Newspaper Archive of
The Superior Express
Superior, Nebraska
January 8, 2015     The Superior Express
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January 8, 2015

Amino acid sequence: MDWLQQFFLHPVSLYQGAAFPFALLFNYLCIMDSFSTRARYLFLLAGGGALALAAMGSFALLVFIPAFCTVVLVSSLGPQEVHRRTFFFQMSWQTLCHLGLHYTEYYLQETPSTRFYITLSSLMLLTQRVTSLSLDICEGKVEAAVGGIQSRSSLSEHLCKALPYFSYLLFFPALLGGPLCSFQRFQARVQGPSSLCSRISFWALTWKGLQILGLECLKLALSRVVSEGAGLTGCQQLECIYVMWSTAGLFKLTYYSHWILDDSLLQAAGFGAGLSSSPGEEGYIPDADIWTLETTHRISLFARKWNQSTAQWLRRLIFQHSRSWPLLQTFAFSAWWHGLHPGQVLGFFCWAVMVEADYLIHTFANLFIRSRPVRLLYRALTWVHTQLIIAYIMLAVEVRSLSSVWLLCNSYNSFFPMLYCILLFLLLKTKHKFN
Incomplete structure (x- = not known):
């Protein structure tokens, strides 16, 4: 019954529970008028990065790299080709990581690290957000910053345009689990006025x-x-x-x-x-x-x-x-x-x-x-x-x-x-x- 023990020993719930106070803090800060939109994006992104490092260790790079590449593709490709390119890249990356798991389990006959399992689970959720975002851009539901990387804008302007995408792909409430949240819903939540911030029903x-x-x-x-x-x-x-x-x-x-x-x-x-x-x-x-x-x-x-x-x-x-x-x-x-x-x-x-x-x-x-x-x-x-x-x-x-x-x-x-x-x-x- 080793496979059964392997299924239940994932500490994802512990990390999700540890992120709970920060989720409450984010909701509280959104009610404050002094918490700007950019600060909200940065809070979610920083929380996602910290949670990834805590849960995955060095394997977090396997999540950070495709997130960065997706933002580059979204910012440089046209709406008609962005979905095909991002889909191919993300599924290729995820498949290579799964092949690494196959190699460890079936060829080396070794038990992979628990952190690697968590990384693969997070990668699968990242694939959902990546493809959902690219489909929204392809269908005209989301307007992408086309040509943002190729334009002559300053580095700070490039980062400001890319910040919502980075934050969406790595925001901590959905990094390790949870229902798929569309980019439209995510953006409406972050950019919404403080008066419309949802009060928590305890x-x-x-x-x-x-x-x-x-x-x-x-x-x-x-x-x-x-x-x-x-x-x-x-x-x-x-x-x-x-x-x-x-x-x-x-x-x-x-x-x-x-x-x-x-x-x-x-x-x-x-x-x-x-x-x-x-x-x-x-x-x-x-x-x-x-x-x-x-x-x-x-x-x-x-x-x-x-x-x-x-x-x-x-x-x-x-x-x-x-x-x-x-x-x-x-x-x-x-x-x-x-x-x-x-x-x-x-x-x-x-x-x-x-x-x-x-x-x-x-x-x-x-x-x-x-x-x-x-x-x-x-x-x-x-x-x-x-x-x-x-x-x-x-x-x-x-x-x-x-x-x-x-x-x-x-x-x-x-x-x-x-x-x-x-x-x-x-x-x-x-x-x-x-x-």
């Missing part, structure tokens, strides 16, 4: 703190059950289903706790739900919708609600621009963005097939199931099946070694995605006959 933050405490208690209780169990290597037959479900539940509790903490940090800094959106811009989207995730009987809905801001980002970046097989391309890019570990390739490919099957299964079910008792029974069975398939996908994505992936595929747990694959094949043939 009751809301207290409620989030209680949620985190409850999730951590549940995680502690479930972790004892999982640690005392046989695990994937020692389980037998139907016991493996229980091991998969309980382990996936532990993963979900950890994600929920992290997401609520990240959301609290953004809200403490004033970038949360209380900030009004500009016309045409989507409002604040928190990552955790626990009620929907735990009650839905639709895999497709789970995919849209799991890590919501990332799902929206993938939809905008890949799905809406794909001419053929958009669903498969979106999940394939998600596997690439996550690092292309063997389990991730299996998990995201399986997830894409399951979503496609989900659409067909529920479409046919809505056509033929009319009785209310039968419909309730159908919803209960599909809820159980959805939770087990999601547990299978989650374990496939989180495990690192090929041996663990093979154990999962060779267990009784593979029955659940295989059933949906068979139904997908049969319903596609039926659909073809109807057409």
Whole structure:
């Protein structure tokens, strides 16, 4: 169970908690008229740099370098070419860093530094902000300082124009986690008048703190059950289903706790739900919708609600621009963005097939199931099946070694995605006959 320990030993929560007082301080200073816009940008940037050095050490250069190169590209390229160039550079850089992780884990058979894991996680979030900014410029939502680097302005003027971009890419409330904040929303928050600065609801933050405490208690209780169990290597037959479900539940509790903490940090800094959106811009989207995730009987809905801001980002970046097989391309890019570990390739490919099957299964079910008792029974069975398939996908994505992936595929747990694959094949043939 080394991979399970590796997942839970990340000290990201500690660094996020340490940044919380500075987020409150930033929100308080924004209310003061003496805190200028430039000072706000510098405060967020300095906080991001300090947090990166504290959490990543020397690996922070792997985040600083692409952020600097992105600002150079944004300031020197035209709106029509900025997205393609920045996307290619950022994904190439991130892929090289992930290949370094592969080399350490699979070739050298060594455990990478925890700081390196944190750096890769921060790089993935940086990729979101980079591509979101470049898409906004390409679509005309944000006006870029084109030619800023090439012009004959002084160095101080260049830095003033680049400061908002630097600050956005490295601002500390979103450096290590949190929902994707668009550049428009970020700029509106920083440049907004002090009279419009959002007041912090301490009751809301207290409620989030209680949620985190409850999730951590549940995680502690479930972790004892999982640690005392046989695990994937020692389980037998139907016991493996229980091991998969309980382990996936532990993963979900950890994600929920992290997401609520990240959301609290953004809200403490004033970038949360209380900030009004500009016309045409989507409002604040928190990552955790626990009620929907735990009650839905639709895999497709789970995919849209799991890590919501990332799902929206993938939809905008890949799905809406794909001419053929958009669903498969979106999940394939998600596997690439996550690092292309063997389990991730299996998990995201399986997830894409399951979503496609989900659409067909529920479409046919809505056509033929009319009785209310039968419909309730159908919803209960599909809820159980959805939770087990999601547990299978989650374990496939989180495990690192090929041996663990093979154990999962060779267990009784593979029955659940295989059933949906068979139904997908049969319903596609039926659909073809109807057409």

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[ f blis " d e hThursday by Superior Publishing Company, Inc. [ at t48 East Third Street, P.O. Box 408, Superior, Nebraska 68978 [ SubgCril~ti0n rates are $27 per year in Nebraska, ~, $28.50 per year in Kansas. Otfier States $38 per year. Bill Blauvelt, Publisher E-mail : Selected portions of the newspaper available on the web at Thursday, January 8, 2015 Page 2B • who the trucker was. . into it and there is another Nun." It Here is the result: was cold, windy and icy but I was Letter:to Editor The trucker followed the sweatingaslgotoutofmycaband - , stretcher and medics into the X- begin to count Nuns. I thought I Editori Ray room shaking his head and was on Highway 14 north of I read with interest the item in saying, "I thought I must have Nelson, but had I had an accident, the last issue about the station missed a curve in the road and hit my head and come to in an- wagon accident involving the nuns driven right out of the fog in to the other world?" which happened 50 years ago. The heavenly cl ouds." I was reminded of this day when same', day I'read the item I was "What else would explain see- I read a 50 year ago item in last given an assignment in my writ- ing what appeared to be a Nun week's paper: ing class to write something about directlyinfrontofmeandheaded Seven Nuns from St. Mary's "weather" for this week's class, my way? But wait! There are two School at Grand Island were Just thought you might be inter- of them." The fog was thick, but slightly injured when their station ested in ttreresult. Wish I knew not so dense that I couldn't see wagon skidded on icy pavement , T " • . north of Nelson. They were trav- eling to Concordia. The Nuns were brought to Brodstone Memorial Hospital where I was working. We X-rayed several and they were given any emergency care needed before they were transferred to the care of their own hospital and doctors. No one was seriously injured, but it made an exciting beginning to what might have been an other- wise dull wintery day. The truck driver was still shak- ing his head, muttering and count- ing nuns when he left the hospital. In fun, Esther Headrick '" ~ By Chuck Mittan Editor: • • I've been hearing some nega- I "typica!ly~ keep good enough track of the We knew there was snow in the forecast, but tive thoughts expressed towards weather that I.don't often find myself driving in it didn't sound like it would amount to much. By Superior. For example, the prices dangem'us cOnditions. Twice in the past week, the time we left (about 8:30 p.m.), however, it of things, the lack of things to do, that hasn't been the case. was a total whiteout for most of the stretch from changes being made that people Last Friday, I watched the weather carefully Chester to Superior. That half of the trip home don't agree with, people telling us whiie at ~vdrk in the afternoon, vowing to leave took an hour, twice as long as usual. The prob- to clean up our properties. I will agree. I don't always see for home. if the freezing rain in the forecast lem was the strong north wind blowing the snow eye to eye with everything being actt~alfy m~iterialized. I apparently stopped pay- already on the ground. After reaching Highway done, but I give a lot of credit to ing attention, and at about 4:30 I noticed the 136, it subsided a little, every group, individualororgani- street was weL Not frozen, yet, but the tempera- I think the difference was there had been a lot zation trying to do something. I ture was 29 degrees and falling, so I knew I'd less snow the further west we traveled, so there look at Superior in such a positive bettor gei oh the road. wasn't as much blowing around. The whole trip way. What other towns our size As I walked to my truck, I noticed the side- home took two hours, just about double what it haveaswimmingpool, rollerskat- ing rink, bowling alley, theatre, walks and streets were not slippery, but the metal should have. two parks, a beautiful 9 hole golf sign posts' were caked with ice. I hoped to get Remember my recent columnabouthow long course, locally d wned newspaper home.before• it became hazardous, but I missed it's been since we've had any deer collisions in and radio station; a new ball field, that opportunity by less than an hour, I think, the family? That came to an end at about 1 a.m. a state of the art hospital, new When I braked to turn west on Highway 136, I Saturday when Kathy was on her way home school, beautiful homes for the slid'rJghtpast and had to turn around. From there from work. She said she glanced down to adjust elderly, awinery, amuseum, beau- to Red Cloud was a slow, white knuckle drive in the heater or defroster or something, and when tiful library, tennis courts, track field (with nice restrooms con- my small, two-wheel-drive pickup, she looked back up, there were five deer in the structed only because of a corn- This past. Saturday, I went with my whole road. This was inside the Red Cloud city limits, mittee joining together to make it family tO visitwriter friends inChester. Iscreened east of the implement dealership, happen), a band shelter to hold my s.hort documentary, "Shakespeare With Shesaid shecameto acomplete stop without concerts and events ..... and so No6dles,"ifor them to get some feedback, then hitting any of them, but one of the young does many businesses! we watched?a horror film from New Zealand was startled and sprang right into her front driver- I'd like to see more for our called "Housebound." The real purpose of the side fender. It apparently fell down, stood back town, and it all takes volunteers! If you have a passion about bowl- trip was for me and Andrew to lock down the up, shook off the impact and bounded into the ing and would like to have a junior outline for a horror script we are writing together, trees with:he others. There was no damage to her league or a couples league start, which We dii:l, car. •. " By Bill Blauvelt I'm amazed by the amount of construction work that now goes It hasn't always been that way. on during the winter months When I was a youngster, most con- Earlier this week, I prepared two stories for this issue which struction shut down during the winter, and those employed in the report on the way it used to be. In one of the stories, a truck driver construction-trade were often without work. I remember the time from Ruskin was overcome by carbon monoxide fumes from the when my dad sold a new boat to a construction worker. The payment heater he was using in his truck's cab. Unlike today's heaters plan had fo be structured so payments were only due during the which draw heat from the engine's cooling system, I suspect the trucker's heating system employed a fire that wasn't properly summer months. I heard the bu~gl-.~¢!l m~fa~err"I'!llmake sure you are paid for the boat but I woff't b*e°able to make payments in the vented. winter months when i'm not working." " " In another story, a woman born. 125 years ago told about I' ve:been combating the cold by layering my clothes and I have trying to keep warm with heated bricks and baked potatoes. ari:insid~b. I only go out when absolutely necessary. The cold has While I neither rested my feet on a hot brick or warmed my no); stopp~d the exterior work on the new Casey's store. With hands with a baked potato, I have used lighter fueled hand completion of the project nearing, this week The Express contains an warmers. My grandmother's closet contained bricks she warmed in the oven for her children to use as bed warmers and Dad told advertiseinent seeking employees for the new store. Tuesday morn- about using the hot potato alternative. ing I observed two tanker-trucks unloading fuel into the new store's My father offered for sale at his filling station and store a t a~nks. When work to remove the old storg and construct the new one gasoline fueled catalytic heater. The heaters were used in duck b~egaiaAn September I Scdffed whenlold the company planned to blinds and occasionally• as auxiliary heaters in station wagons or op.~n the'ne~ store in January. I didn't think the timetable allowed farm machinery cabs. The salesman demonstrated the heater's fire tor winter delays• safety by showing how it would char but not burn paper. We had I.should not have been surprised had I consideted that last year to take his word about the low carbon monoxide danger. worked continued through the winter on the Superior East develop- When Dad sold the gasoline station, he gave me one of the ment• heaters and suggested I use it an auxiliary heater in the newspaper One.winter I watched as the contractor building the Superior delivery van. The first year to two the heater rode in the van on Library" set up portable shelters so the construction work could super cold days but one spring I took it out and put it away where continue. I was inside that shelter to take pictures and found it much it remained for probably 35 years. This fall I found the heater while like a greenhouse and the men working in shirtsleeves. Without a cleaning the garage loft. The heater has never has never been lit shelter, the men on the Casey's project haven't been working in but since the can was filled 45 years ago, all the fuel has evapo- shirtsleeves but they have been working. This week they have been rated. up in the air assembling the canopies.~ - I'm having a little trouble determining an application for the Perb.aps they are wearing heated clothes• plug-in clothes. When I was a youngster riding a horse to country When first told about electric clothes. I was skeptical. I have school, I Would have liked to have all the electrically heated since don'e some research into the design and uses of such garments, clothes gloves, coat, pants and socks. But where would I have Heated gloves, coats, vests, pants and socks are now available, plugged them in? My horses didn't come with electrical outlets Deperiding fipon the application,, the heat may be supplied by a and I can not see working outdoors while tethered to an extension rechargeable battery pack or a vehicle's 12-volt electrical system, cord connected to the nearest electrical outlet. I go talk to Mike, see what can be done with your help. If you would Country s like to see a men's softball league or co-ed softball, what's stopping By Gloria Garman-Schlaefli you from forming a committee and getting the ball rolling? There are many empty farmhouses along the now call the "master bedroom." It shouldn't be"whycan't Su- country roads. Most are in poor repair and have The only other small room on the main level perior do something like that" it been neglected for many years. Glass in the of the falling house is in the back that still had should be"hey we could do some- windows is mostly gone, letting in cold winter air "S" shaped coat hooks driven into a board nailed thing like that".,, get involved, and allowing access for animals to winter inside. love your community and make a Some of the siding is missing and the once sturdy difference. People say, I never get called wooden floors are buckled and split. The roof to help, it's always the same that once kept the family sheltered is missing people, shingles and holes appear, allowing the weather Most of the people who do to have its way with the interior of the house• something do so because they just They may lean to one side or the other and the get involved, they aren't called, porch where families once sat on warm summer I don't have all the answers, nights is now falling down. believe me, but I have the passion and can maybe help you find the It makes a person wonder who lived in the old rightpeople with theanswers! Get house. Years ago, it was a well maintained home' s "our town!" for a farm family that took pride in their dwelling. Susan Peterson It was not just a house, it was a h~me where they were protected, felt secure and comfortable. The Editor: I enjoyed reading the story in kitchen that is now falling in with age was once the last issue about Superior's a busy place where delicious meals were pre- Eighth Street being named pared. The chimney in the kitchen indicates that Boettcher Road back in the 1950s. once a wood burning stove was there for baking My mother's father worked for bread, frying eggs and bacon and providing other IdealCementCompanyduringhis menu items from its days of use in the 1930s or lifetime. His first position was 40s. The small room that still has flowered wall manager of Ideal's gypsum op- eration in Hanover, Mont., just paper must have been the living room or parlor. outside Lewistown, Mont. The parlor also has a chimney for a pot bellied Hanover was a company village stove to keep the family warm on cold winter much like the village that used to nights. If you use your imagination, you can see exist next to the Superior cement children and adults gathered around a table play- plant, ing games, or maybe a parent was reading a book When my mother was in high to the children. There is no bathroom inside the school, Charles Boettcher, the founder of Ideal Cement Com- house, so outside plumbing was the only source pany came to visit the gypsum and water had to be carried into the kitchen in a plant and mine and my mother bucket. The little wooden building not far from had an opportunity to meet him. the house served for other bathroom needs. No The former home of CK electrical wiring goes into the old house so there Boettcher, the son ofCharles, has was no television or modern lighting. There been the Colorado governor's mansion since 1959. would only be oil burning lamps for night time RJ Wallis lights in this house. A small room was just offthe Wenatchee, Wash. kitchen with only one window, probably what we to the wall and a homemade cabinet with a hand pump bolted to the top. This room was probably what we would now call a "mud room," where they came in from farm work and chores, hung up their coats and hats and washed their hands. There are remains of small planks that made up a narrow stairway from the parlor to the second story. There in one wide open room on the second floor, where the children probably had all their beds. The plaster is falling off the walls and the light flows in through the holes in the roof. Did the children have toys in this room? Did they once run down the stairs in a hurry to eat breakfast and then walk to the nearest country school? Who once lived here? Why did they leave their farm and home? Was it because the farmer could not make a living anymore on his 80 acre farm? Did the family decide to move into town? Did the children all grow up and leave home and eventually the parents died or moved away? This house was prob.ably once filled with love and laughter. The father once kept the house in good repair and the mother devoted hours to making their farmhouse clean and neat. Now it is empty and silent. Bushes and trees have gone beyond their boundaries and now invade the house. A large tree branch now rests on the roof and a trumpet vine grows into what is left of the siding. A sad feeling comes over visitors to the current house. They wish they could turn back the hands of time and see how the house once appeared and what went on inside. There is a saying: "If only these walls could talk," they could tell the story of this place that was once a family's home. I dedicated the first four days of my new year to perfecting the art of snorting, sneezing, hacking, groaning and whining like a middle aged man with a hangnail (no offense to whiny middle aged men). Besides, a hangnail can at times be quite painful. And the "average joe" upper respiratory crud can be quite miserable, though mercifully brief. Knowing my cold-like symptoms are temporary hasn't stopped me from verbalizing my misery to anyone unfortunate enough to cross my path my husband, Marty, or anybody unaware enough to call me on our cell phone, such as my mother or my daughter. When Marty is sick, as he recently was, all discussions regard- ing mucous are banned by me. I don't want to talk about his mucous, I don't want to hear about his mucous, and I especially do not want to see mucous, or any suggestion of mucous in piles of used tissues. Now that I have been sick, afll I Want to do is talk about rfiy mucous• I've also taken to overdramatically expressing my misery because I feel horrid, want every, person I come in contact with to know this, and because it is one of those rare times in my life when I don't sound like a two year-old girl. Perhaps the only good thing about being congested with. a scratchy throat is that I temporarily have one of those husky female movie star voices that men sometimes call 1-800 numbers to hear. Marty does not seem impressed with my vocal changes, my expressive sickness dramatizations or my suddenly open discus- sions about mucous. When people are sick, I imagine there are those of us who think of how nice it would be to have our mothers doting and fussing over us. My mother was busy cleaning her closet and sorting items to give to our local thrift store. She only called me on our cell phone to see if I wanted an unworn t-shirt from when I took her and my daughter to see the musical,"Grease," about 15 years ago. And then she called again to see ifI would like to have the box of baby cards received from friends and family when I was born. Had my mother not been so preoccupied, she might have been more interested in my four day convalescence, noticed my movie star voice and suggest I use Vick's. Of course, normally, I tell her I don't like Vick's and refuse to use it. That is a lie. I use Vick's Vapo Rub frequently, even when I am not ill. I just don't admit that to my mother. To my mother, Vick's Vapo Rub is a cure-all. As it turns out, my mother may not be entirely wrong. With no one near to hear my sneezing or guttural throat noises, I filled a recent late night void by the By Tonya R. Pohlman researching the history of my mother's tried and true bluejar0f vapory magic. I was surprised to learn Vick's Vapo Rub did not initially come from a sterile pharmaceutical laboratory as it seems most medicines do nowadays, but rather from a human being -- a father, who also dabbled in remedies and liniments. According to internet sources, Lunsford Richardson, who was born in Selma, N.C., in 1885 made powders and poultices which he sold from his drugstore for various ailments. It was from a chest poultice and lamp vaporizer he made to treat his children for a cold, that Vick's Croup and Pneumonia Salve came to be. It was a mixture of menthol, camphor and oil of eucalyptus which Richardson named after his brother-in-law, Dr. Joshua Vick also an easy name to remember. Richardson's Croup and Pneumonia Salve became Vick's Magic Croup Salve and then Vick's Vapo Rub. After •samples were widely distributed, Vick's Vapo Rub became a popular remedy:'During the Spanish influenza'epidemic of 1918, sales of Vapo Rub went from $900,000 to $2.9 million in one year. Proctor and Gamble purchased Vick Chemical Company in 1985 and marketed Vick's Vapo Rub as "The only thing more powerful than a mother's touch." My own mother would agree. But she would also be sur- prised to know I use Vick's Vapo Rub not only for cold symptoms, but on my feet, my legs, up my nose (not a recommended use), on the side of my nose, above my eyes, under my ears, on my temples and, sometimes, I even get Vick's Vapo Rub in my eyes, which is when the fun stops. This is also why I have taken to using a milder form of Vick's in the product Vick's Baby Rub which contains a milder mixture of the original Vick's Vapo Rub plus the added ingredients of lavender androsemary. And when I get the mixture in my e.yes, as I inevitably do, I am not temporarily blinded and screaming from the burning pain. I originally discovered the Vick's Baby Rub for our grand- son, but it works great for grandmas as well, and I smell slightly less like a cough drop factory than before. It has been close to 125 years since the birth of Vick's Vapo Rub. Considering how far we've come since those days, and though Vick's is now manufactured in more sterile environ- ments in Mexico and India, it is still the simple mixture in a blue jar of magic that I seek for whatever temporary ailment or discomfortI might have. Maybe they should just call it "Mom in a Jar." Or would that be considered distasteful? Olive Hill David Watters Sunday Sunday School ... 9:30 a.m. Worship ....... 10:30 a.m. % . I~cated five miles south and two miles west, of Superior Proclaiming Christ Since 1876 Church Of The Nazarene 740 E. Seventh Office Phone 402J879-4391 Pastor Jeff Kimberly Sunday Fellowship ...................... 10 a.m. Morning Worship ........ 10:30 a.m. First Wednesday of month Meal & Movie ........ 6:30 p.m:" (~ther Wednesdays, Bible Study.....7'p.m. ,- Trailsportatlon and Nursery : , ' FirSt Presbyterian Church ,Sixth and N. Central Superior, Neb. Phone 402-879-3733 SUNDAY Worship ...... .............. 8:30 a.m. Fellowship and Sunday School ......... 9:30 a.m. Rev. Mark Diebl, Pastor Formoso Community Church Nondenominational Bible Teaehin9 Pastor Gene Little Sunday School ........... 9:30 a.m. Worship Service ...... 10:30 a.m. Weekly t lome Bible Studies 203 Balch Street, Formoso, Kan. • 785-794-2490 Evangelical Lutheran Church in America Pastor Rev. Breen Sipes 8T: .'PAUL LUTHERAN Hardy, Neb. : Phone 402-279-3205 or 402-236-8825 Sunday Worship ......... 9 a.m. Fellowship Hour ........ 10 a.m. "\\. Sunday School ..... 10:15 a.m. " First United Methodist Church 448 N. Kansas Street Superior, Neb. Rev. Jocelyn Tupper Sunday Services Worship .... 8:15 & 10:30 a.m. Bible Study Thursday...9 a.m. Catholic Church Services St. Joseph's Church Superior, Neb. Rectory Phone 402-879-3735 Mass Schedule Dally Masses 7:30 am. Saturday ......... 6 p.m. Sunday .......... ; 8 a.m. Nelson Sunday.... ..... I0 a.m. Father Brad Zitek First Baptist Church 558 N. Commercial (@~ Superior, Neb. r ~"--I~- Interim Pastor t'mx David Sherwood ~-~" Church 402-879-3534 Sunday Worship ................... 1 1 a.m. Wednesday Bible Study ................ 4 p.m. Jewell Trinity United Methodist Jim Rice, pastor Sunday Sunday School : .......... 9:15 a.m. Morning Worship .., 10:30 a.m. Wednesday Kids for Christ ............. 3:45 p.m. Grace Community Evangelical Free Church of Superior mmml ~.,I" 423 E. Fifth Street Superior, Neb. Pastor David Johnson Office, 402-879-4126 Sunday Sunday School ...... 9 a.m. Morning Worship 10 a.m. Prayer Time ........... 6 p.m. Altlillated with the Evangelical Free Church of/~mrica Jewell Christian Church "A family you can belong to" 111 Main, Jewell Dan Daniels, pastor Church • 785-428-3657 Parsonage • 785-428-3323 Sunday School 9:15 a.m. Worship Service 10:30 a.m. Kids for Christ & Ir, High Youth Groups Wednesdays at 4:15 p.m. Webber United Methodist Church Webber, Kan. Office 785-361-2664 Res. 785-361-2070 Sunday Worship ............. 9:30 a.m. Pastor Roger Wails Christian Church of Mankato 1 18 S. Commercial Mankato, Kan. 785-378:3707 Sunday School ...... 9:15 a.m. Morning Worship 10:30 a.m. Thaddeus Ji Hinkle, Minister 785-378-3938 Calvary Bible Evangelical Free Church .~¢. 99 W. pearl, JeweU, Kan. EFC,\ Wednesday Prayer Meeting ........................ 7:30 Sunday Sunday SchoOl ................. 9:15 a:m. Sunday Worship Service. 10:30 a.m. Evening Service ........... : ........ 7 p.m. A.~ff~ted uffth Ore Etrdngelicol Free Church of America First Community Church Oak, Neb. Phone 402-225-2284 Sunday Sunday School .... 9 a.m. Morning Worship I0 a.m. Sunday Prayer Meeting ..... 7:00 p.m. Bible Centered Nondenominational Evangelical Lutheran Church 201 South Center Mankato, Kan. 785-378-3308 LCMC ®NALC Sunday Worship ................. 9:00 a.m. Sunday School ..... 10:15 a.m. Northbranch Friends Church Phone 785J647-8841 Located eight miles '~" north Of Burr Oak al ,~om,=wes~ Sunday Sunday School ........... 10 a.m. Worship ...................... l I a.m. Pastor Jonathan Harkness "Where The son Always Shines" Jewell County Catholic Churches Winter (Nov.-April) Sacred Heart, Esbon 1st, 3rd, 5th Saturday. 6:30p.m. 2nd, 4th Sunday .............. 10 a.m. St. Theresa 320 N. Commercial, Mankato 785-378-3939 Sunday ................................ 8 a.m. Pastor Father Joseph Kieffer Living Faith Fellowship Word of Faith Church 315 N. Central • Phone 402-879-3S14 Sunday Worship Sern-ice .................. 10:30 am Evening .%elxit,e ........................ 5 [except 4lh and 5th Sundays) Wednesday Christian Development Nigh : Adults and Children : ................. 7 pro. R(~k St)lid Youth Group .............. 7 pm. Radio Prllgraln. KRF.S AM Sunday Mornin~ ................... 8:30 a.m. .Ion Albrecht. Senior P~|slor Palsy Busey. Associate Pastor United Methodist Churches Schedules for Sunday Schools and Worship Service Mankato I larmony ,. Worship, 11 am. Sun. ,"k'h., 9:45 a.m. Ionia ...................... Worship, 9:30 a.m. Sun. Sch, 10:30 a.m Esbon ...................... Worship, 8:15 am. Burr Oak ................. Worship, 9:3(} a.m. Church of Christ 564 E. Fourth Street Superior, Neb. 402-879-4067 https : / / Dr. Jeff Col('ms, Minister Sunday (no evenin.q services) Sunday School ................ 9:30 a.m. Worship Service .......... 10:30 a.m. Wednesday Bible Study for All Ages ...... 7 p.m. Salem Lutheran Church [EI,CA} Highway 14 North, Superior, Neb. 402-225-4207 Sunday Sunday Forum and Sunday School .................... 9 a.m. Worship ............................. 10 a.m. Communion .; ..... 1st & 3rd Sunday Don & Margaret Olson Interim pastors Day 1 Radio Program KRFS AM 1600 • SLmday • 8 a.m. Superior NewHope Connection 505 N.-~nsas St. Superior, Neb. 402-879-5884 Sunday Service ........ I 1 a.m. Church dinner after every service Pastor Deanna Disney Centennial Lutheran Church {Missouri Synod) 855 N. Dakota Street, Superior, Neb. Phone 402-879-3137 Sunday Sunday School-9:30 a.m. Worship ... 10:45 a.m. Worship with us via live broadcast each Sunday on'KRFS Radio Please call for additional worship and Bible study opportunities. #